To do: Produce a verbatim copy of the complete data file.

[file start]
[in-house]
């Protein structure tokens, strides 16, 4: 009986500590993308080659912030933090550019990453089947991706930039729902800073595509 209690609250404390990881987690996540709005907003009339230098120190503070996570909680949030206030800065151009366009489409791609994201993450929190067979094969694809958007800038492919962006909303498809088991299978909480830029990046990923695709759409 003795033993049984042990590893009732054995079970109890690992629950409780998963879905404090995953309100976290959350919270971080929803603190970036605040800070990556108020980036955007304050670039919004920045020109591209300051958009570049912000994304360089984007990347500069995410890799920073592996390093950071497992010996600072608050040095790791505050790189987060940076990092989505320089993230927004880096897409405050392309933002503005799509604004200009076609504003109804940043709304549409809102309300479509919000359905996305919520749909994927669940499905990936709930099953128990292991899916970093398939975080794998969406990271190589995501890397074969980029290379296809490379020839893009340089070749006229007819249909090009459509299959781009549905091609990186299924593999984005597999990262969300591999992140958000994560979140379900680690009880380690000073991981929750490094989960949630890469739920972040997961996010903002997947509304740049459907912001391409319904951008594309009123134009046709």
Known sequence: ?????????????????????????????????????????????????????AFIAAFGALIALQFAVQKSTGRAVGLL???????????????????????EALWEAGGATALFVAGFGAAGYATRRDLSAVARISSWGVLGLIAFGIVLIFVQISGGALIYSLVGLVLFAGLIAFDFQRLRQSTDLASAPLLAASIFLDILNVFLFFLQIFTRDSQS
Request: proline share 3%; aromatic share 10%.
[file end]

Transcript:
[in-house]
């Protein structure tokens, strides 16, 4: 009986500590993308080659912030933090550019990453089947991706930039729902800073595509 209690609250404390990881987690996540709005907003009339230098120190503070996570909680949030206030800065151009366009489409791609994201993450929190067979094969694809958007800038492919962006909303498809088991299978909480830029990046990923695709759409 003795033993049984042990590893009732054995079970109890690992629950409780998963879905404090995953309100976290959350919270971080929803603190970036605040800070990556108020980036955007304050670039919004920045020109591209300051958009570049912000994304360089984007990347500069995410890799920073592996390093950071497992010996600072608050040095790791505050790189987060940076990092989505320089993230927004880096897409405050392309933002503005799509604004200009076609504003109804940043709304549409809102309300479509919000359905996305919520749909994927669940499905990936709930099953128990292991899916970093398939975080794998969406990271190589995501890397074969980029290379296809490379020839893009340089070749006229007819249909090009459509299959781009549905091609990186299924593999984005597999990262969300591999992140958000994560979140379900680690009880380690000073991981929750490094989960949630890469739920972040997961996010903002997947509304740049459907912001391409319904951008594309009123134009046709």
Known sequence: ?????????????????????????????????????????????????????AFIAAFGALIALQFAVQKSTGRAVGLL???????????????????????EALWEAGGATALFVAGFGAAGYATRRDLSAVARISSWGVLGLIAFGIVLIFVQISGGALIYSLVGLVLFAGLIAFDFQRLRQSTDLASAPLLAASIFLDILNVFLFFLQIFTRDSQS
Request: proline share 3%; aromatic share 10%.